For some, the end of their monthly period is liberating. Others feel sadness about the closure of their childbearing years, which is more often than not accompanied by unpleasant menopause-related conditions such as hot flashes, vaginal dryness, and irregular heartbeats.

In a natural consequence of aging, a woman's ovaries produce less estrogen and progesterone. When this happens, the body is no longer able to become pregnant. Most women endure a phase—up to a year—of erratic periods until they eventually cease. The average age for a woman to have her last period is 51, according to the National Institutes of Health

These hormonal changes often bring on physical, and sometimes emotional, changes but the severity and type vary from woman to woman. The good news is they all eventually go away—usually within five years of the last menstrual cycle.

And there's more good news: There are effective treatments for almost all of those changes. If your symptoms are persistent and affect the quality of your life, discuss them with your doctor. He or she can suggest treatments, medication or lifestyle changes that can bring relief to the postmenopausal changes listed below.

Common Menopause-Induced Changes:

  • Irregular or missed periods
  • Night sweats (which can interfere with sleep)
  • Hot flashes (usually subside within the first one or two years)
  • Heart pounding or racing
  • Skin flushing

Less Common Menopause-Induced Changes:

  • Vaginal dryness (which can make intercourse painful)
  • Loss of interest in sex
  • Vaginal infections
  • Urine leakage
  • Anxiety/depression
  • Forgetfulness
  • Joint aches and pains
  • Irregular heart beat
  • Thinning hair/growth of facial hair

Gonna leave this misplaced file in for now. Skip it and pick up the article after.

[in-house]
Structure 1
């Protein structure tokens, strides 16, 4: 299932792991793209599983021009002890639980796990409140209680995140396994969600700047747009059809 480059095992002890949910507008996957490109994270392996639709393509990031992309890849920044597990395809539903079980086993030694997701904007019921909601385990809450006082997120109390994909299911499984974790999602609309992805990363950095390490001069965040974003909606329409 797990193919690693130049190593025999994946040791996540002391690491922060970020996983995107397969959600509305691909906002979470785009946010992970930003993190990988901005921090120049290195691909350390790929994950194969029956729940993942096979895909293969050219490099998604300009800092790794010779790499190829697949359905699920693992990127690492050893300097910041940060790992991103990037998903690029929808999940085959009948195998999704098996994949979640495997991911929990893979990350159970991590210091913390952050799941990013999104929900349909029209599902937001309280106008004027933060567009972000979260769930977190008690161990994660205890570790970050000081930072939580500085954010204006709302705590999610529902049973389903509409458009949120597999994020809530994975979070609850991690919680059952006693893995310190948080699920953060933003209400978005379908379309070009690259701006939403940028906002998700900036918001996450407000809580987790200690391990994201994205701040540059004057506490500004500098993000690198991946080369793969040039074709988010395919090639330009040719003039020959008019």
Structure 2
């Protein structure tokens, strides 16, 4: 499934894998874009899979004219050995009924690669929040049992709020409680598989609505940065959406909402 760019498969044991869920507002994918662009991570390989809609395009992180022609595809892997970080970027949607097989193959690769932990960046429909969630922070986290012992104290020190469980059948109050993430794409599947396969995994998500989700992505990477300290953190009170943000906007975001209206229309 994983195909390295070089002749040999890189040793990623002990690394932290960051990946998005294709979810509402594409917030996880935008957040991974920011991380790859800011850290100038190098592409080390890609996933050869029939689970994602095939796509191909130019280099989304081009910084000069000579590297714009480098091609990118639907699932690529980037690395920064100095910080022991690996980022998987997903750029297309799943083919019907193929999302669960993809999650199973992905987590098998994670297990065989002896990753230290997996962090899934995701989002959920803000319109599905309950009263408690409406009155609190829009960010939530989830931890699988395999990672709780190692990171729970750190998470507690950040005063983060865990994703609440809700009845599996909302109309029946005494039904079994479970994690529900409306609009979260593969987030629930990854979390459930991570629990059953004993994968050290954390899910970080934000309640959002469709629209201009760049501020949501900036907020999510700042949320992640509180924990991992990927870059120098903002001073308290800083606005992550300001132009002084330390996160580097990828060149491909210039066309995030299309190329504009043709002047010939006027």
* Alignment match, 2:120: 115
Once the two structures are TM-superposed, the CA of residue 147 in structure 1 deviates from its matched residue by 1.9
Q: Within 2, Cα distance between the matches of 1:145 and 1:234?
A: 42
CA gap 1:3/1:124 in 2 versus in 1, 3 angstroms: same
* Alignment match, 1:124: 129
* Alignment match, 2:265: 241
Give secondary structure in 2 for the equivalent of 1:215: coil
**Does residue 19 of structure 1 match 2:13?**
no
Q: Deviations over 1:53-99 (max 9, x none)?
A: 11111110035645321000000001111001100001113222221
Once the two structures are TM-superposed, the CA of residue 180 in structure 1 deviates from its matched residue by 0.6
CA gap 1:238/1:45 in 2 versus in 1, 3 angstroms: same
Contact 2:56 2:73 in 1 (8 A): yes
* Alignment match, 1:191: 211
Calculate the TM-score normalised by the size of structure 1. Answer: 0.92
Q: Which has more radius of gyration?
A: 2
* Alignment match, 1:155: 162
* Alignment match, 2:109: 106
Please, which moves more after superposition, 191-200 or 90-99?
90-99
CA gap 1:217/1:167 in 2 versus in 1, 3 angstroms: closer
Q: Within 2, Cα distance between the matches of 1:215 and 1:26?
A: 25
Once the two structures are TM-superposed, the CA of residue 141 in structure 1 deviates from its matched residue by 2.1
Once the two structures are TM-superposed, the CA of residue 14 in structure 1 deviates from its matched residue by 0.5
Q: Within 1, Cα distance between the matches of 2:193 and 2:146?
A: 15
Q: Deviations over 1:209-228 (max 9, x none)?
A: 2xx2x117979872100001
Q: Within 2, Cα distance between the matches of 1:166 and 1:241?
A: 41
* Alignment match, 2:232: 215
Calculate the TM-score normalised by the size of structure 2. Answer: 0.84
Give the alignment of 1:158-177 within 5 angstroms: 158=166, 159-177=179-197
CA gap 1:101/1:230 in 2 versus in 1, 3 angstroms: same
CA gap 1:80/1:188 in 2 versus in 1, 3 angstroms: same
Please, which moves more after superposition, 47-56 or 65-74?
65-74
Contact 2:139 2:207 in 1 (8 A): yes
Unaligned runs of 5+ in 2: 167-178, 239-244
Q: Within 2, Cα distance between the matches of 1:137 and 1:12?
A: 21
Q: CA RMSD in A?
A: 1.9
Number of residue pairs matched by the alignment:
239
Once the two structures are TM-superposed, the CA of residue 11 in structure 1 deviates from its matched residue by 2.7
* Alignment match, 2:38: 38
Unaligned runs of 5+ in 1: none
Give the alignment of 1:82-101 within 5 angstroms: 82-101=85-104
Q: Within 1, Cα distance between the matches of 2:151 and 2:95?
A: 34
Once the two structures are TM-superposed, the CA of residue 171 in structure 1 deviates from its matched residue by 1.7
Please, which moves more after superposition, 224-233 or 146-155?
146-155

Getting Relief

Some women mockingly refer to hot flashes as having their own "personal summer" but for others, it's no laughing matter. Though a hot flash lasts less than 10 minutes (some are a mere 30 seconds), the sudden rise in body temperature, reddening of the face and neck (which is more noticeable in fair-skinned women), perspiration, and the cold, clammy feeling that typically follows an episode can be embarrassing and hard to tolerate.

Most hot flashes stop on their own over time but for severe cases, lifestyle changes, nonprescription remedies and prescription medications can reduce or eliminate them completely:

  • Systemic estrogen therapy is the only FDA-approved medication for treating hot flashes, according to the North American Menopause Society.
  • Estrogen and sometimes progesterone, known as hormone therapy (HT) or menopausal hormone therapy (MHT) can be used to treat hot flashes, severe night sweats, mood issues, or vaginal dryness. But there are risks associated with HT—breast cancer, heart attacks, strokes, and blood clots among them.
  • Antidepressants, a blood pressure medication called clonidine, and a seizure medicine known as Gabapentin do not contain hormones have also been used to reduce hot flashes.
  • Adding soy—which contains estrogen—to your diet can also help as well as steering clear of caffeine, alcohol, and spicy foods.
  • Many women also report that exercises such as yoga and tai-chi give them relief. For an in-the-minute fix, the National Institutes on Aging recommends slow, deep breathing during a hot flash. Try taking six breaths a minute when you feel one coming on.

Health risks associated with menopause and what you can do about them

Research conducted recently through the Women's Health Initiative and the National Institute on Aging found that HT is not safe for women over 60. Your doctor will want to know your entire medical history before prescribing any type of HT. And be sure to ask about options that do not involve HT.

Menopausal women are also at increased risk of developing heart disease and osteoporosis as a result of the hormonal changes. Lower amounts of estrogen have been linked to higher cholesterol so your doctor may prescribe a medication to control it. Estrogen also helps maintain bone thickness which is the reason loss of bone mass is accelerated during menopause. As a result, bones may become more fragile and thus more susceptible to breaks and injuries. Calcium, vitamin D, exercise, and HT can slow bone loss.

Gout is a painful form of arthritis that can also be menopause-related. The big toe is typically the site of the first attack of gout but knees, elbows, wrists, and other body parts can also be affected. Nonsteroidal anti-inflammatory drugs (NSAIDs) and corticosteroids (prednisone, for example) are usually prescribed to treat gout.